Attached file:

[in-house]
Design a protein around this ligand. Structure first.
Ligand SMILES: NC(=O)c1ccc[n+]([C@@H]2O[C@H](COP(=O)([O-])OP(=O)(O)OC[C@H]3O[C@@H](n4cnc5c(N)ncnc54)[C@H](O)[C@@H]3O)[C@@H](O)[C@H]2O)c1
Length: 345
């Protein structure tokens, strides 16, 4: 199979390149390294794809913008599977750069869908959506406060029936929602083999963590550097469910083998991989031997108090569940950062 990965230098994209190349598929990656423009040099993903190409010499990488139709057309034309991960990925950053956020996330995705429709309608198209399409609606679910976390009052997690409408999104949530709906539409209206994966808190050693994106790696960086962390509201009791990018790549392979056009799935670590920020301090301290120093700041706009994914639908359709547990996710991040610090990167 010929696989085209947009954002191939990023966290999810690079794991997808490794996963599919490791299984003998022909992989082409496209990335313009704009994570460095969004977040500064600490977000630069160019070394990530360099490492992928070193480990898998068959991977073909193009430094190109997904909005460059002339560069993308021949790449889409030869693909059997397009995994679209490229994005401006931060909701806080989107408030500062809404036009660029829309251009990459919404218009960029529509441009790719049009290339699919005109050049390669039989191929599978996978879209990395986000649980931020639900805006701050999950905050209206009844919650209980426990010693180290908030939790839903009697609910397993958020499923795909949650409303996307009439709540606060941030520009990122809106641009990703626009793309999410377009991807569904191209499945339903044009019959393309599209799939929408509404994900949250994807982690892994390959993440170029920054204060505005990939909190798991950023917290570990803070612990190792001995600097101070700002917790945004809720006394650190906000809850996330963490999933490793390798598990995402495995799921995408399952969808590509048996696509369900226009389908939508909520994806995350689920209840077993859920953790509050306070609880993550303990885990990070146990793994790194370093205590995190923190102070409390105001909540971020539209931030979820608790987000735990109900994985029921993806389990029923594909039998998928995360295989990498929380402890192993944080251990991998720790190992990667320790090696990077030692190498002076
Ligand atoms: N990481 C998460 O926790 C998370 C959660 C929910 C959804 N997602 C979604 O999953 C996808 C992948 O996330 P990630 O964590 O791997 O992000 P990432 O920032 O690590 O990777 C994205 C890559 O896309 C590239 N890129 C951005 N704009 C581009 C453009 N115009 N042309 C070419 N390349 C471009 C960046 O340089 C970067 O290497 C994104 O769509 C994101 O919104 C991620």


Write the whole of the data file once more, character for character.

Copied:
[in-house]
Design a protein around this ligand. Structure first.
Ligand SMILES: NC(=O)c1ccc[n+]([C@@H]2O[C@H](COP(=O)([O-])OP(=O)(O)OC[C@H]3O[C@@H](n4cnc5c(N)ncnc54)[C@H](O)[C@@H]3O)[C@@H](O)[C@H]2O)c1
Length: 345
């Protein structure tokens, strides 16, 4: 199979390149390294794809913008599977750069869908959506406060029936929602083999963590550097469910083998991989031997108090569940950062 990965230098994209190349598929990656423009040099993903190409010499990488139709057309034309991960990925950053956020996330995705429709309608198209399409609606679910976390009052997690409408999104949530709906539409209206994966808190050693994106790696960086962390509201009791990018790549392979056009799935670590920020301090301290120093700041706009994914639908359709547990996710991040610090990167 010929696989085209947009954002191939990023966290999810690079794991997808490794996963599919490791299984003998022909992989082409496209990335313009704009994570460095969004977040500064600490977000630069160019070394990530360099490492992928070193480990898998068959991977073909193009430094190109997904909005460059002339560069993308021949790449889409030869693909059997397009995994679209490229994005401006931060909701806080989107408030500062809404036009660029829309251009990459919404218009960029529509441009790719049009290339699919005109050049390669039989191929599978996978879209990395986000649980931020639900805006701050999950905050209206009844919650209980426990010693180290908030939790839903009697609910397993958020499923795909949650409303996307009439709540606060941030520009990122809106641009990703626009793309999410377009991807569904191209499945339903044009019959393309599209799939929408509404994900949250994807982690892994390959993440170029920054204060505005990939909190798991950023917290570990803070612990190792001995600097101070700002917790945004809720006394650190906000809850996330963490999933490793390798598990995402495995799921995408399952969808590509048996696509369900226009389908939508909520994806995350689920209840077993859920953790509050306070609880993550303990885990990070146990793994790194370093205590995190923190102070409390105001909540971020539209931030979820608790987000735990109900994985029921993806389990029923594909039998998928995360295989990498929380402890192993944080251990991998720790190992990667320790090696990077030692190498002076
Ligand atoms: N990481 C998460 O926790 C998370 C959660 C929910 C959804 N997602 C979604 O999953 C996808 C992948 O996330 P990630 O964590 O791997 O992000 P990432 O920032 O690590 O990777 C994205 C890559 O896309 C590239 N890129 C951005 N704009 C581009 C453009 N115009 N042309 C070419 N390349 C471009 C960046 O340089 C970067 O290497 C994104 O769509 C994101 O919104 C991620």